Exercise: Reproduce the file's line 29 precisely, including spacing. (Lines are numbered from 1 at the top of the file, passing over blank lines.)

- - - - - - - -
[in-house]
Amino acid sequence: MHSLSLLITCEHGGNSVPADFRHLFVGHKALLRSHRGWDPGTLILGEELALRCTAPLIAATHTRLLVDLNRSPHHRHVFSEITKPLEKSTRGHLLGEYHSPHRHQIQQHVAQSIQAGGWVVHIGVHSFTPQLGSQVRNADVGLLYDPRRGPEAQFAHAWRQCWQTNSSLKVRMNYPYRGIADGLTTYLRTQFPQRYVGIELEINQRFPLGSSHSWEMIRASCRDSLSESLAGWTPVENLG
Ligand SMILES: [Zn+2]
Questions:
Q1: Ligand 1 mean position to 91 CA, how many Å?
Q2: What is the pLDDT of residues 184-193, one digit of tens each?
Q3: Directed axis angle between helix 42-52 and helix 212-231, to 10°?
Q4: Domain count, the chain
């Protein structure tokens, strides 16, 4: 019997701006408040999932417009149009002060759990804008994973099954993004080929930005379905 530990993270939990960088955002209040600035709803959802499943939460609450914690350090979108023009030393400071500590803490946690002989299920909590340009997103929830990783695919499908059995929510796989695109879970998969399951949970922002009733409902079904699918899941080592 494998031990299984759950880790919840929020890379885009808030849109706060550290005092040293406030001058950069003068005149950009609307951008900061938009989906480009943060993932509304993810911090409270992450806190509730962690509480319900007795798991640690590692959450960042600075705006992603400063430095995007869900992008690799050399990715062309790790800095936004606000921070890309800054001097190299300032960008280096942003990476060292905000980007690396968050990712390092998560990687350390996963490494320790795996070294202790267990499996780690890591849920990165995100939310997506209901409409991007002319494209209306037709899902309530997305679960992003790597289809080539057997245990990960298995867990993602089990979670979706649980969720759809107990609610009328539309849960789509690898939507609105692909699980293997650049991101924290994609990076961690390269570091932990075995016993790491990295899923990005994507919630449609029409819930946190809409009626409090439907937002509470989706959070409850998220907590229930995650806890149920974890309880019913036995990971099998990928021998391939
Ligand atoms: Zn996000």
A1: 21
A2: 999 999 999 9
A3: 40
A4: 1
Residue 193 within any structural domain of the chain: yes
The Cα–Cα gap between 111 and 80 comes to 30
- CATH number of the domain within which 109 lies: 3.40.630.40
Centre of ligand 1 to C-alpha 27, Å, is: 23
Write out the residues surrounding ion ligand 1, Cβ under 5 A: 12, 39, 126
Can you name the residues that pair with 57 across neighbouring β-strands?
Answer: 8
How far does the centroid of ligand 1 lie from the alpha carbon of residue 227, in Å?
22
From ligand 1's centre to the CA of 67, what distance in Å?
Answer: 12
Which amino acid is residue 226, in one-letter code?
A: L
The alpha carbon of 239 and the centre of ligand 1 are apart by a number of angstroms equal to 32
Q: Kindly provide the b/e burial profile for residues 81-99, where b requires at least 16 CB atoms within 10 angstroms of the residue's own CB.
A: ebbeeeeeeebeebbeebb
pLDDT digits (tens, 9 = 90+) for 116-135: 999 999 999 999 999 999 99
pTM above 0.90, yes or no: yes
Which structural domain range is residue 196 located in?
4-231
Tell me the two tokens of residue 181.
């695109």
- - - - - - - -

Q: Kindly provide the b/e burial profile for residues 81-99, where b requires at least 16 CB atoms within 10 angstroms of the residue's own CB.